Verbs are the powerhouse of utterances or sentences. By implication, a wrong choice of verbs can mar the message in a sentence. This treatise will consider verbs that have similar meanings and others that can take different meanings, depending on the accompanying prepositions.
For starters, the difference between ‘rise’ and ‘raise’ is often unclear to many users, and this results in the wrong usages of the lexical items. Rise is an intransitive verb that means to go up, rise up or get out of bed. A verb, on the one hand, is intransitive when its action is not borne or experienced by anyone or anything. It does not attract a noun or pronoun to suffer the action of the verb. On the other hand, a transitive verb has an action that is experienced by a person or thing. The verb, ‘rise’, is, therefore, not followed by a noun or a pronoun. Raise is a transitive verb, and it means to lift up something or someone; hence, it attracts a noun or pronoun after it. Note, too, that the past tense and the past participle of rise are ‘rose’ and ‘risen’ respectively, while the past tense and past participle of raise is ‘raised’. The usages are illustrated with the examples below:
He raises very early in the morning (wrong).
He rises very early in the morning (correct).
People rise their hands too often at such meetings (wrong).
People raise their hands too often at such meetings (correct).
Finally, he has arised (wrong).
Finally, he has risen (correct)
He has never risen his hand (wrong).
He has never raised his hands (correct).
Arise is often used for ‘rise’, but it is considered appropriate only in the sense of beginning or starting something:
A quarrel/malice/discussion/argument/difficulty may arise (correct).
The difference between ‘sit’ and ‘seat’ is also prone to confusion for many users of English. First, the former is a verb, whereas the latter is a noun, as illustrated below:
I sit here when I am at church (correct).
I seat here when I am at church (wrong).
I prefer this seat when I am at church (correct).
However, ‘seat’ can also be used as a verb. At such times, it has to function as a transitive verb that will attract a noun or pronoun after it. Be in the know that ‘sit’ cannot be used as a transitive verb.
The auditorium will sit a hundred people (wrong).
The auditorium will seat a hundred people (correct).
He sat the passengers according to their seat numbers (wrong).
He seated the passengers according to their seat numbers (correct).
Most times, the object of the verb, ‘seat’, is a reflexive pronoun:
He sat himself near the fire (wrong).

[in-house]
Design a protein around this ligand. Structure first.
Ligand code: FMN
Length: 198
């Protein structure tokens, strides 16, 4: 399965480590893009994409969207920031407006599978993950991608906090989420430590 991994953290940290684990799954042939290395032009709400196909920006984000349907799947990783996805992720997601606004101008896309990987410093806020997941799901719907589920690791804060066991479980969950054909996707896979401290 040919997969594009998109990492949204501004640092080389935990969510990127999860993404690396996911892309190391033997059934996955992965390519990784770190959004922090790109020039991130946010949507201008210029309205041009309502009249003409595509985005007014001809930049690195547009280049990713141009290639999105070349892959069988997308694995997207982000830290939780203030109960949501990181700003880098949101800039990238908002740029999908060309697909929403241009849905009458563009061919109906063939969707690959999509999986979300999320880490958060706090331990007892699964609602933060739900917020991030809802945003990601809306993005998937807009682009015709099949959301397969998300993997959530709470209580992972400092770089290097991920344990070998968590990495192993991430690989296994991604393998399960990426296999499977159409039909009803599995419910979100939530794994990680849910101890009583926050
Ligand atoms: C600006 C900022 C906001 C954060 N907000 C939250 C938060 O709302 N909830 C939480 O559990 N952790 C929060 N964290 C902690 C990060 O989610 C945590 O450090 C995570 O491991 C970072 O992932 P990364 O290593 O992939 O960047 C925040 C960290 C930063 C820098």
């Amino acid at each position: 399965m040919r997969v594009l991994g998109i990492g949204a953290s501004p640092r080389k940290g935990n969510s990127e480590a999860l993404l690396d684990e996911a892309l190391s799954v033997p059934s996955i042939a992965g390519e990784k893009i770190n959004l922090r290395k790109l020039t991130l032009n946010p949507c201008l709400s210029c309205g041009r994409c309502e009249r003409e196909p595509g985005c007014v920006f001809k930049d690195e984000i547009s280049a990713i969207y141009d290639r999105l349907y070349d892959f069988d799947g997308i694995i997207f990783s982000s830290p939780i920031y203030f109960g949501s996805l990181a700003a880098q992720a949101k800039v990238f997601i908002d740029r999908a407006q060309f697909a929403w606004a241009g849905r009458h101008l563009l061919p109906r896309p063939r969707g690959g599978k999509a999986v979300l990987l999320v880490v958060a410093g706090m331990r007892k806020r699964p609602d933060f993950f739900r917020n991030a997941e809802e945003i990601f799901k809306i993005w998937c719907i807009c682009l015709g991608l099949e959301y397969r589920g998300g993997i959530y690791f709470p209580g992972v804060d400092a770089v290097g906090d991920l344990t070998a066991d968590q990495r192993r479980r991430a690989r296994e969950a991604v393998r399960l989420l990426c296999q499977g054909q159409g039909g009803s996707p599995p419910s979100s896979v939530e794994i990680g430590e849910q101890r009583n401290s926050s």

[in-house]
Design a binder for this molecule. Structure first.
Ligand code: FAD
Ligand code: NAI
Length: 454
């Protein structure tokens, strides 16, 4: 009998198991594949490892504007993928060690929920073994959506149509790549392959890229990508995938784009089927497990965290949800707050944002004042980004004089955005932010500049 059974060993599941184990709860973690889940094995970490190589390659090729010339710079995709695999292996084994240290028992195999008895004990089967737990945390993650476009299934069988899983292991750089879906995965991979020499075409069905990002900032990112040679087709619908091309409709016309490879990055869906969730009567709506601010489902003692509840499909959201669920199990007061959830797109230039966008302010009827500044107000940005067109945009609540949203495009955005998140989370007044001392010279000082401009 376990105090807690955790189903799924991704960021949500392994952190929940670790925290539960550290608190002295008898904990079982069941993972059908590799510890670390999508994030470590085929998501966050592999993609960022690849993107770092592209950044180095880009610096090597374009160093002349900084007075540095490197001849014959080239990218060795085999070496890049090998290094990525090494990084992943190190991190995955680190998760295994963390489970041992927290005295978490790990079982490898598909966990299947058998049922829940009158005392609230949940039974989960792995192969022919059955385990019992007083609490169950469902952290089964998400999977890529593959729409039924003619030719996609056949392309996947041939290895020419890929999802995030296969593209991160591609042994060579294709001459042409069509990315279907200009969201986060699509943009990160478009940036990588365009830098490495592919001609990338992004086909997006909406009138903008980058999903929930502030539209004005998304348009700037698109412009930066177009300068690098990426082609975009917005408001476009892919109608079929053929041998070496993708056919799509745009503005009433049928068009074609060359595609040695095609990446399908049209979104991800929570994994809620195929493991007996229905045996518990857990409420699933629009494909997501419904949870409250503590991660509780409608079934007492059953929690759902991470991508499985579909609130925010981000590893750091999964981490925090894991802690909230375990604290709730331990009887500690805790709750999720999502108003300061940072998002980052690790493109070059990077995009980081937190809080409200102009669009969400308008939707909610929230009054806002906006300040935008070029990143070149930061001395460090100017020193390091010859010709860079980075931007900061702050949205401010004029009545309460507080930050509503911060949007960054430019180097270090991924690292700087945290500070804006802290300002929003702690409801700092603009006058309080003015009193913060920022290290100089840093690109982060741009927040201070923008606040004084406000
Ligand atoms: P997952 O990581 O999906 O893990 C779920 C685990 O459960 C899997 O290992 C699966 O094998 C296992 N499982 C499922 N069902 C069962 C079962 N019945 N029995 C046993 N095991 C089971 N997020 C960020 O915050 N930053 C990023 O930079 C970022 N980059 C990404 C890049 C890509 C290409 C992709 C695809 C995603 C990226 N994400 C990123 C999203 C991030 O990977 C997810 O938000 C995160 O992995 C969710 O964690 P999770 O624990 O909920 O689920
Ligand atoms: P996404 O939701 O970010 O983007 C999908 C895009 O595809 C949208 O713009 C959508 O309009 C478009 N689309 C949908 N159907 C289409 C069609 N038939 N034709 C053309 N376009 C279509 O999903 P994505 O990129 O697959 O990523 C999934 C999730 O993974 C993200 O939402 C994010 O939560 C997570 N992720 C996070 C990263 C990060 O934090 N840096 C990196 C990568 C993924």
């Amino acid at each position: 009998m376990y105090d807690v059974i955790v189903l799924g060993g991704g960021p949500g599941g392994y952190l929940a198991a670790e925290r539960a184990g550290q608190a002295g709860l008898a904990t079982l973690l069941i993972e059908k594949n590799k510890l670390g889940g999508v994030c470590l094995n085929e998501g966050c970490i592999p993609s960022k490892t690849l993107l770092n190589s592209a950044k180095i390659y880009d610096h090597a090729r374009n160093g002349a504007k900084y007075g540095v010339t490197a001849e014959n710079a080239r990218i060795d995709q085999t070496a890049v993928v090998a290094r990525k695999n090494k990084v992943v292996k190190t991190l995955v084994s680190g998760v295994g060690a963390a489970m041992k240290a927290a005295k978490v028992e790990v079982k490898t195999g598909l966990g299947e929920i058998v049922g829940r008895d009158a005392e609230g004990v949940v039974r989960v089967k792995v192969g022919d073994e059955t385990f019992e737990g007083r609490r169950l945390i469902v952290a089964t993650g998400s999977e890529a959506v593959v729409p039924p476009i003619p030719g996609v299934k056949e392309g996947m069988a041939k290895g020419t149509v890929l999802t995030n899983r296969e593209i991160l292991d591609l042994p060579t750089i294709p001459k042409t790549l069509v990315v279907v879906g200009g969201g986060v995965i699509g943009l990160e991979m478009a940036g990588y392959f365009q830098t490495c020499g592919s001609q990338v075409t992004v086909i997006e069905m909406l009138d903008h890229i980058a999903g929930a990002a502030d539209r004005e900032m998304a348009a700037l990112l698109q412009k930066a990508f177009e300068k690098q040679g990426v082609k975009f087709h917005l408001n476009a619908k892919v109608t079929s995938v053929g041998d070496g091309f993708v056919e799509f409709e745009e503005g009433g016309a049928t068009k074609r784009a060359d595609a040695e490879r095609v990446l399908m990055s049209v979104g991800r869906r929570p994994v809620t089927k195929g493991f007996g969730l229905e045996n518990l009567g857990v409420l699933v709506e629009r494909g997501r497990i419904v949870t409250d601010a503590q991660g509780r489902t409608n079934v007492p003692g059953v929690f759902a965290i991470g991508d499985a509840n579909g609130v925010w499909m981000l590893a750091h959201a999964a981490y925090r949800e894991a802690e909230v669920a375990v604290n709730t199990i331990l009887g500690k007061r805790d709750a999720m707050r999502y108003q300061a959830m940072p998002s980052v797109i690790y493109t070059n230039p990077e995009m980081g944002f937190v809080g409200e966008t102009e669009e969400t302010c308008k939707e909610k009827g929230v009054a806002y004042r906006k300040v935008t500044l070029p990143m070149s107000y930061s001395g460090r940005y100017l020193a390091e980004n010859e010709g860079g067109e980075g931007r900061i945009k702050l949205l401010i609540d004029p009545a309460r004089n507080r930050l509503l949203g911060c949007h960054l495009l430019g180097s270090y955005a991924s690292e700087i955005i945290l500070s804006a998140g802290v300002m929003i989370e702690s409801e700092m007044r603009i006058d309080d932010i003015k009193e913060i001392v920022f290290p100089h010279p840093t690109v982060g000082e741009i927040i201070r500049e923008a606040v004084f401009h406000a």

He seated himself near the fire (correct).
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The two senses of the verb, ‘hang’, should also be clearly differentiated. When it is used in reference to killing, the past tense and past participle is ‘hanged’, whereas ‘hung’ is applied in other senses:
He was hung by the government (wrong)
He was hanged by the government (correct).
We hanged the picture on the wall (wrong).
We hung the picture on the wall (correct).
Clarifying Misconceptions About Verbs
The rest of the treatise will consider verbs that attract different meanings when used with prepositions. First in this category is ‘enter’. The word means to physically go into a place when it does not attract a preposition, and it means to be involved in an agreement, a contract, a dialogue, a marriage, a discussion, negotiations, partnership and whatnot, when it attracts ‘into’:
You cannot enter into a mosque with your shoes (wrong).
You cannot enter a mosque with your shoes (correct).
The American president has entered an agreement with his South Korean counterpart (wrong).
The American president has entered into an agreement with his South Korean counterpart (correct).
On top of that, it is essential to differentiate between ‘tear’ and ‘tear up’. To tear means to divide along a straight or an irregular line, usually by accident, while to tear up means to destroy by tearing to pieces, or to cry or almost do so due to strong emotion:
She tore up her clothes on a nail (wrong).
She tore her clothes on a nail (correct).
He was angry and tore the letter (wrong).
He was angry and tore up the letter (correct).
She teared up as the award was presented to her (correct).
The readership should likewise avoid the pitfall of deploying ‘pick’ and ‘pick up’ indiscriminately, as demystified in the succeeding sentence structures:
Yesterday, they picked up some fruit in the orchard (wrong).
Yesterday, they picked some fruit in the orchard (correct).
Here, to pick means to take fruit, flowers or leaves from the plant or tree where they are growing.
Nonetheless, we have:
She picked up the books gently (correct).
In this context, to ‘pick up’ something means to take hold of it and lift it up.
Last but not least, we have:
Some students did not raise up their hands (wrong).
Some students did not raise their hands (correct).
Although it is perfectly admissible to write/say:
Some students did not put up their hands (correct).
Some students did not hold up their hands (correct).
Some students did not throw up their hands (correct).
This piece has shed light on two confusing areas within the word class called a verb. The onus, consequently, is on the readers to apply the knowledge to their everyday use of the language, both in spoken and written forms.
© 2021 Ganiu Abisoye Bamgbose
Department of English,
Lagos State University